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Posted 24 Mar 2014

A high performance, flexible, cross-platform memory pool

, 31 Mar 2014
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A short guide for a high performance, flexible, cross-platform memory pool.


Usually, memory allocation of OS is fast, especially the computer has just started. But over time memory fragmentation becomes serious, memory allocation and access will become more and more slowly. Memory fragmentation caused by the continuously allocate and free memory of different size.

Memory fragments.

When memory fragmentation becomes serious, owing to addresses of memory need by execution sequences are very discrete, MMU (Memory Management Unit, hardware, a part of CPU) triggers missing pages interruption more frequently. This is the cause of slow memory access.

To find a free memory block that match the size of memory allocation most is becomes hard when memory fragmentation becomes serious. Because OS needs search more free memory blocks to find one of the best size. This is the cause of slow memory allocation.

The keys to solve the above problems are to avoid memory fragmentation as far as possible and to reduce the memory allocation and freeing. The solution is memory pool.

For memory pools, to speedup memory allocation is not as important as to speedup memory access. Because memory access is with a running program from beginning to end. Memory allocation is not as often. In the following part, I will introduce a memory pool that to reduce memory fragments by allocate a large blocks of memory and to speedup memory allocation by do not really free the allocated memory.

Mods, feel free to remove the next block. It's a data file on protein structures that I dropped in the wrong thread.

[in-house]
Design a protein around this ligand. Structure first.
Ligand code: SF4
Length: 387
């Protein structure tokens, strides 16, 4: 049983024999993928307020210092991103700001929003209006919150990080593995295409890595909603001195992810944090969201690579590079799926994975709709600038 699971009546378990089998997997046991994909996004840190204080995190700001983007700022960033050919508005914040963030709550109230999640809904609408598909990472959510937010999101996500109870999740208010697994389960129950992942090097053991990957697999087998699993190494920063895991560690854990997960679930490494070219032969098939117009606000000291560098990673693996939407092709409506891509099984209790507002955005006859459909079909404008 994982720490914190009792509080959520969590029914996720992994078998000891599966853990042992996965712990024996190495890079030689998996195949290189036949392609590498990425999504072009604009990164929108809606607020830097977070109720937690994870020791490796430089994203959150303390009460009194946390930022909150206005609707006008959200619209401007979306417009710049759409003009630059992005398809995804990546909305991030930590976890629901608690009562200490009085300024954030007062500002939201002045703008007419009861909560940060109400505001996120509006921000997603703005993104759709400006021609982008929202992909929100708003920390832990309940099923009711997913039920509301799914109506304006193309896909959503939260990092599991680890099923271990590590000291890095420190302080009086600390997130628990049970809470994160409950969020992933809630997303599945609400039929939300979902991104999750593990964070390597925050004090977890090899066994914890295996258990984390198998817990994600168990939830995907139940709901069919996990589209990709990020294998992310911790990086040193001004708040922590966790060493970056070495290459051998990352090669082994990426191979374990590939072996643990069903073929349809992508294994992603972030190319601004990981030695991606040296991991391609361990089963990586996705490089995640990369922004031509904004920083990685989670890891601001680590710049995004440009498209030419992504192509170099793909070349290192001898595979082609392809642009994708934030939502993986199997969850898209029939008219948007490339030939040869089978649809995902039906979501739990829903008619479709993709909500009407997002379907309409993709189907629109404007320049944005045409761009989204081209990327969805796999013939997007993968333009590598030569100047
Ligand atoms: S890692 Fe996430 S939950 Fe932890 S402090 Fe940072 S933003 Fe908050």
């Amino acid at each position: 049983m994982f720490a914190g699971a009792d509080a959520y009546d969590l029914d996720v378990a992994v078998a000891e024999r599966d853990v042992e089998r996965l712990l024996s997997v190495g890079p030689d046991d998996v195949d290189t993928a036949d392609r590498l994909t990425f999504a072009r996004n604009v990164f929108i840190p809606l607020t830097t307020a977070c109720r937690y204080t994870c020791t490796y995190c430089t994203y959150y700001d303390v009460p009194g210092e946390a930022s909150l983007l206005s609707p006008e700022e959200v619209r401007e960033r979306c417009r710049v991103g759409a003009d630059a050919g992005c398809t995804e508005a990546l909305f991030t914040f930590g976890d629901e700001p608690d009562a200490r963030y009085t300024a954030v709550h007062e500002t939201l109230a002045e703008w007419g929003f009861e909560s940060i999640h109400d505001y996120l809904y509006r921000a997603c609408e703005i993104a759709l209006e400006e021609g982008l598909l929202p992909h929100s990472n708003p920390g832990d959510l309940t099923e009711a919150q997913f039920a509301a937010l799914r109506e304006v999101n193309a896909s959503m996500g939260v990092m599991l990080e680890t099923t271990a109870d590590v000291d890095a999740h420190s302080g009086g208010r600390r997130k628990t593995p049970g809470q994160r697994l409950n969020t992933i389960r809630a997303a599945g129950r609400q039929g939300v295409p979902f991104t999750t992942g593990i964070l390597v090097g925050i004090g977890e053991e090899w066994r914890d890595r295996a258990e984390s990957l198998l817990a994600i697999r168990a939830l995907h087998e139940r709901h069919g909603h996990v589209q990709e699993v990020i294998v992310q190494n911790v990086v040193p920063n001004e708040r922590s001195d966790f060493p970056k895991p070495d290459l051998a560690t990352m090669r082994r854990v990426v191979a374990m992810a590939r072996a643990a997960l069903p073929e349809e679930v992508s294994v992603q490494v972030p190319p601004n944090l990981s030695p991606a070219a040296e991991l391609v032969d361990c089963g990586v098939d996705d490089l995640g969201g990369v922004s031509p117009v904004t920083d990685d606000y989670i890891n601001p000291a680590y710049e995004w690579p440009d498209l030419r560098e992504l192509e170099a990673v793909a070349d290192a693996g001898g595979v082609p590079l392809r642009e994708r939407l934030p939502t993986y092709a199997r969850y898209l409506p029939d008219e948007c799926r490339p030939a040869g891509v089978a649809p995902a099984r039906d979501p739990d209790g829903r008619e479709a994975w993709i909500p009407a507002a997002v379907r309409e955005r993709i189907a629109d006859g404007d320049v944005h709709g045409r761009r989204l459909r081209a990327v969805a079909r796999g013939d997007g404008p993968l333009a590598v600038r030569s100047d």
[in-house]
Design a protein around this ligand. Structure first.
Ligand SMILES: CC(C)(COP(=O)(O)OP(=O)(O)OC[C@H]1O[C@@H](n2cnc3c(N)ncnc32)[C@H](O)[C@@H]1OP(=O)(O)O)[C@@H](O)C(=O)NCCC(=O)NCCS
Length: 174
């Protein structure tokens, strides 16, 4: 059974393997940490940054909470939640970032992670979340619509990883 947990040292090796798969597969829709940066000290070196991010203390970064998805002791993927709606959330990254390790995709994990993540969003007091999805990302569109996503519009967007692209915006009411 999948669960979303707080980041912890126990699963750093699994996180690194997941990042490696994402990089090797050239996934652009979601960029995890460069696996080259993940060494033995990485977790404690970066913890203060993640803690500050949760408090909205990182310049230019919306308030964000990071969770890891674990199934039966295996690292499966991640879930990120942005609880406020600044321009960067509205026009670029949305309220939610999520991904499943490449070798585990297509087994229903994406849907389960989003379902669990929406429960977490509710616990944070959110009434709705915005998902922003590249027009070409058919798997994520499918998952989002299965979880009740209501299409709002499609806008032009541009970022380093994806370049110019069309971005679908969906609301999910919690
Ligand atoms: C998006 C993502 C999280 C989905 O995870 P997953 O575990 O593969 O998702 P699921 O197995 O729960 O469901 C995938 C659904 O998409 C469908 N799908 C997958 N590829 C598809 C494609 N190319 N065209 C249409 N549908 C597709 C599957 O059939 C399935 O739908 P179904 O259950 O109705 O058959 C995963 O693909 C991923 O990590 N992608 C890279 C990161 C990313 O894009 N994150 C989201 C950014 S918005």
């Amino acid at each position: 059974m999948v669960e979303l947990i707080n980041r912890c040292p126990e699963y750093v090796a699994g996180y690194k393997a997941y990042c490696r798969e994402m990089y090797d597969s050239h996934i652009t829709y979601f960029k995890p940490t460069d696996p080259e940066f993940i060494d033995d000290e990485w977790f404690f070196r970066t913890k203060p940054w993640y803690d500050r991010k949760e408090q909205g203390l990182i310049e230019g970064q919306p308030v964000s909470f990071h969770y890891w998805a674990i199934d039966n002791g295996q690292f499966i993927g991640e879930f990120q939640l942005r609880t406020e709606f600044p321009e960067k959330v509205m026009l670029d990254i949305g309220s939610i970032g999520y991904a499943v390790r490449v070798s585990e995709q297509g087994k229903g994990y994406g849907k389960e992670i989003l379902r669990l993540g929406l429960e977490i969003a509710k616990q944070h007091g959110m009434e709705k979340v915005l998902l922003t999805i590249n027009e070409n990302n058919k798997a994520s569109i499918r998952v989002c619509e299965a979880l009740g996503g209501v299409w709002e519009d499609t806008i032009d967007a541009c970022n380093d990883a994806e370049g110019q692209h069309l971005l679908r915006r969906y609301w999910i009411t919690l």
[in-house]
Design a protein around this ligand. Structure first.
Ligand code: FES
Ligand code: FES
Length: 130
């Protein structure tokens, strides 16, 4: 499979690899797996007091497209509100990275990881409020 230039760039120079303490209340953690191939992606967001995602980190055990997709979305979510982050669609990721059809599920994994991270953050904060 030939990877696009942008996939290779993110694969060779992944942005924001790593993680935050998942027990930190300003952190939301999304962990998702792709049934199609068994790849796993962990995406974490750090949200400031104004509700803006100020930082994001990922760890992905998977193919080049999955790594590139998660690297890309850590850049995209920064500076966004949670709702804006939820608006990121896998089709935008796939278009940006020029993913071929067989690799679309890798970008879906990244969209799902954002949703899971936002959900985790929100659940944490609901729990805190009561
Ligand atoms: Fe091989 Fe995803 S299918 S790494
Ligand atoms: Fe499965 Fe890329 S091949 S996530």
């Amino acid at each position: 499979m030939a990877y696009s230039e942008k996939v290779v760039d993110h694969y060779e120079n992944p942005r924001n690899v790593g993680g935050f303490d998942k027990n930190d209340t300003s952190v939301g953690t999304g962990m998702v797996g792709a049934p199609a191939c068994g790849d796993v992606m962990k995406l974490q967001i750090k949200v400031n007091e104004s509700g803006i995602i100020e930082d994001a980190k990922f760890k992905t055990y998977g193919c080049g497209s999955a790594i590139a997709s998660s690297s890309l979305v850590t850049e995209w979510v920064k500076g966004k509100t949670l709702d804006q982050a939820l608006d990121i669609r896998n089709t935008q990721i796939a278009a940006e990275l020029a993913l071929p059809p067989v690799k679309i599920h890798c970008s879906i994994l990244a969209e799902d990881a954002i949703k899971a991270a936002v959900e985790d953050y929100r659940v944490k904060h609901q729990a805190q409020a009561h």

This is a high performance, flexible, cross-platform memory pool published under MIT Licence. It is free for personal or commercial use and had been used in many production environment.

In the past three years, I engaged in developping computer vision systems for traffic management. In this kind of programs, many large blocks of memory are needed to cache the images from ip camera and process them in real time. If we use malloc or new to allocate every time a large block of memory is needed, as the program running, we found memory allocation becomes more and more slowly and more likely to fail. The program also runs more slowly.

The reason is memory fragmentation that caused by the continuously allocate and free memory of different size. I found the key to solve the problem, it is memory pool. I investigated memory pool from Apache Portable Runtime. Found that it is a little complex and hard to make it support embedded platform. The most important is that APR is better at creating and destroying memory pool than at allocating and freeing memory in one pool.


Memory is managed with node and slice of this memory pool. Node is a big block of memory, slice is a small block of memory in the node. Each memory block allocated from this memory pool is belong to a slice.

Memory layout of pool, node and slice.

All slices from a memory pool is of the same size, so this memory pool is more like a object pool. But we can implement a more flexible memory pool by use many memory pool instance of different slice size.